A smaller firm will likely give you more opportunities to get hands-on legal experience, but big firms with established programs may provide unique experiences as well. Either way, you will probably have to do administrative work such as ordering lunch, making copies, and booking rooms, but all of this is essential to paying your dues and helping the law firm run effectively.
2. Intern at a business.
Businesses have a wide variety of interns. Therefore, you will likely find many businesses with legal internship openings. At the same time, many business internships could relate to your legal interests as well. Most businesses have an internship posting, but a smaller and more local company might be open to cold calls.
Every corporation has some sort of legal support, so working with its legal team can help you learn about how both the company and its industry as a whole interact with the law. Interning with a legal team can demonstrate your ability to navigate the complexities of a business and understand how the law intersects with it. Additionally, working for a business related to one of your interest areas can further demonstrate your passion. For example, if you are interested in entertainment law, you could work at a film company. You can showcase this experience regardless of whether you intern with the company’s legal team or some other department.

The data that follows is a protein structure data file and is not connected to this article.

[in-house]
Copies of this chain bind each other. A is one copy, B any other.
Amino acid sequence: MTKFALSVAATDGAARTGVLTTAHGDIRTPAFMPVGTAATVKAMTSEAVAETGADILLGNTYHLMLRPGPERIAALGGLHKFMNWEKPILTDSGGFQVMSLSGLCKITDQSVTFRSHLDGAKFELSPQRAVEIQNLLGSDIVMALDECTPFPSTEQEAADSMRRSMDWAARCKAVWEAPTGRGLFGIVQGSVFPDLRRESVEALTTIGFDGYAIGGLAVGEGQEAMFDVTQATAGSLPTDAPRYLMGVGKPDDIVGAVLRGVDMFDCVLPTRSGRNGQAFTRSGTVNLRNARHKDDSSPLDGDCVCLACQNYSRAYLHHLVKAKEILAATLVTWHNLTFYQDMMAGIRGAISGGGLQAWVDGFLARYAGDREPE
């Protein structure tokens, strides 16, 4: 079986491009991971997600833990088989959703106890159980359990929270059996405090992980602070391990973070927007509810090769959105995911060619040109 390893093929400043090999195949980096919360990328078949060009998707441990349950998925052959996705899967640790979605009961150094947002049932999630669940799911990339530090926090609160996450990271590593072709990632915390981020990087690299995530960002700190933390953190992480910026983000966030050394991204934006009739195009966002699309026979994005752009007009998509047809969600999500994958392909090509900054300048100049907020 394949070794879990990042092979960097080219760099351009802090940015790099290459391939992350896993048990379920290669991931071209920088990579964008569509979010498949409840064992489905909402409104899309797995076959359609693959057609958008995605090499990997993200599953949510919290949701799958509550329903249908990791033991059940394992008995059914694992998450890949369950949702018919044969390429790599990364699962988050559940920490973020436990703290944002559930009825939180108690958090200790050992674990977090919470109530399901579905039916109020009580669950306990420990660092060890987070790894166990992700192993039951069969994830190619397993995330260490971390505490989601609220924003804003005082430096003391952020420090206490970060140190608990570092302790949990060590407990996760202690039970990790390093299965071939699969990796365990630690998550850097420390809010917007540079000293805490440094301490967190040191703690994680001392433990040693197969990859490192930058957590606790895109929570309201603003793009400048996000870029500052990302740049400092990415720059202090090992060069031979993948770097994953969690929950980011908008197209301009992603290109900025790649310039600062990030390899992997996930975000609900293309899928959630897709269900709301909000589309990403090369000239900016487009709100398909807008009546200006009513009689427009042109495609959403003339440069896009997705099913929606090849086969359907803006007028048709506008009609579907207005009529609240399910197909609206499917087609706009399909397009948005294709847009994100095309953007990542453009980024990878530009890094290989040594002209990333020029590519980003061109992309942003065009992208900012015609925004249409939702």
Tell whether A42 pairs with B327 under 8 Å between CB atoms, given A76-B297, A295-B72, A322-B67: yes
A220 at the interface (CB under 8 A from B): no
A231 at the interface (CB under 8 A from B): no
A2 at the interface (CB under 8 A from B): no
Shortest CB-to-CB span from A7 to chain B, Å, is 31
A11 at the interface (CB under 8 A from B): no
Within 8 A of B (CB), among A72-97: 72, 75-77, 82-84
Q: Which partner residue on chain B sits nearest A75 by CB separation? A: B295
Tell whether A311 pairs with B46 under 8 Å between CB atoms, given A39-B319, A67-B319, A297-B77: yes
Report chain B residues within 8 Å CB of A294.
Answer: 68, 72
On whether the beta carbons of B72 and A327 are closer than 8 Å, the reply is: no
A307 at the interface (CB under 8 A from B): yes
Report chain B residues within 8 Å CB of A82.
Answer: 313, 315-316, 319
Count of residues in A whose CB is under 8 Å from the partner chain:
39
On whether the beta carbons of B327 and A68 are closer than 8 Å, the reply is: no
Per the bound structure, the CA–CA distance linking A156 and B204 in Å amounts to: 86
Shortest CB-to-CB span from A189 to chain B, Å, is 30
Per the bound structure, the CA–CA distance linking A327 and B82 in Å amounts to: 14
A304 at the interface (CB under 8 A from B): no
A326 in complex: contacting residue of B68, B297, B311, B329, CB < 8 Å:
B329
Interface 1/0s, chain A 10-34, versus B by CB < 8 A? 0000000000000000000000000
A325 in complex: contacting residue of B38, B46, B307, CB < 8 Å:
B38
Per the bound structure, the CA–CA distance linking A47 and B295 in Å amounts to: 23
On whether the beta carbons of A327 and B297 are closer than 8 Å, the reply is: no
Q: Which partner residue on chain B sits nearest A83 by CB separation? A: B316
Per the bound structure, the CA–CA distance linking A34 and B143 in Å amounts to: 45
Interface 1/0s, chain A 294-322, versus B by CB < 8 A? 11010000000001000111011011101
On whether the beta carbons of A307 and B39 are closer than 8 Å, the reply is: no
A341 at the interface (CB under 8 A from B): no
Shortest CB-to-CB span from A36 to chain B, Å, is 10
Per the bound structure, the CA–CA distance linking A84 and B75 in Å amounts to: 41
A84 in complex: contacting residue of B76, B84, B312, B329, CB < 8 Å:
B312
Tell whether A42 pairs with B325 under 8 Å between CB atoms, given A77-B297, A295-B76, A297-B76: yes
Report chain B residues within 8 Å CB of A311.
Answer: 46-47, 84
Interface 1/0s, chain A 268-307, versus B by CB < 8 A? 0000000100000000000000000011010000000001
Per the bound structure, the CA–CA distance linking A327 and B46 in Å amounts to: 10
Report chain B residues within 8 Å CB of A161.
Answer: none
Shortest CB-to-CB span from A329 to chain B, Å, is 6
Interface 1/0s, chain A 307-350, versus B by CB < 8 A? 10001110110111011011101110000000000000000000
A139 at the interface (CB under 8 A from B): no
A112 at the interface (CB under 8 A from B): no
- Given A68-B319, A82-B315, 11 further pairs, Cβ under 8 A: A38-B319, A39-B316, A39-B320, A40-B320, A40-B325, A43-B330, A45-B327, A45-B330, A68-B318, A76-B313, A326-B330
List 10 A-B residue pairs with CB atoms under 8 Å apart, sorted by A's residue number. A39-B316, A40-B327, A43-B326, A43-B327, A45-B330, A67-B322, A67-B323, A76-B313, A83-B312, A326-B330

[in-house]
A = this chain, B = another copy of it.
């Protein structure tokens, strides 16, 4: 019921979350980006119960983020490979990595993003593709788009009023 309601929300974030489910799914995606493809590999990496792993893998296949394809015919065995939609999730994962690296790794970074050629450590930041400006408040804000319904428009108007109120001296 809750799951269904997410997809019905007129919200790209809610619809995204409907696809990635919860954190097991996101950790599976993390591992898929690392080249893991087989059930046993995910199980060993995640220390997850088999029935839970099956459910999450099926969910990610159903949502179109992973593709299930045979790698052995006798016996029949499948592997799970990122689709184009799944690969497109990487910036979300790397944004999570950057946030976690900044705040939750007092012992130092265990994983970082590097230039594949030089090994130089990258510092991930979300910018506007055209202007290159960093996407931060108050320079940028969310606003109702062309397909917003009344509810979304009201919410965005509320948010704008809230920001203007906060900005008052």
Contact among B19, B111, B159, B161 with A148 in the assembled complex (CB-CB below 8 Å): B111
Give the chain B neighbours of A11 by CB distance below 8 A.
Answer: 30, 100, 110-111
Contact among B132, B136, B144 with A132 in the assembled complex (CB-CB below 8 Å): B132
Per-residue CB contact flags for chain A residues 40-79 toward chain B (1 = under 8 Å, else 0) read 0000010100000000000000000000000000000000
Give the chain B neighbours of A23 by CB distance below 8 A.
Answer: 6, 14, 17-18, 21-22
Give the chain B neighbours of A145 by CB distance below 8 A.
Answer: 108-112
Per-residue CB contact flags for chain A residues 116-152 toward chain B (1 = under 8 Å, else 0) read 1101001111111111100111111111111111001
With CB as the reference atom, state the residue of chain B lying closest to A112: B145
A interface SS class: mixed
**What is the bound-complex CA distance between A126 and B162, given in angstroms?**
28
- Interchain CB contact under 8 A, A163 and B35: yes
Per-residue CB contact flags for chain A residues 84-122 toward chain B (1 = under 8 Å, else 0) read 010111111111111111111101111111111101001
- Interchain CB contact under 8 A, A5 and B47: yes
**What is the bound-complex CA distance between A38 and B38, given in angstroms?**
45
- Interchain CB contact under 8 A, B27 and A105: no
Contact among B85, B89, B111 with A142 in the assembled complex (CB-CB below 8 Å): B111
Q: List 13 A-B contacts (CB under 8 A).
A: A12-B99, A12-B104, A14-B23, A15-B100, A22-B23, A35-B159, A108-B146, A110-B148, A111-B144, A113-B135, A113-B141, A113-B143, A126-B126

3. Intern in academia.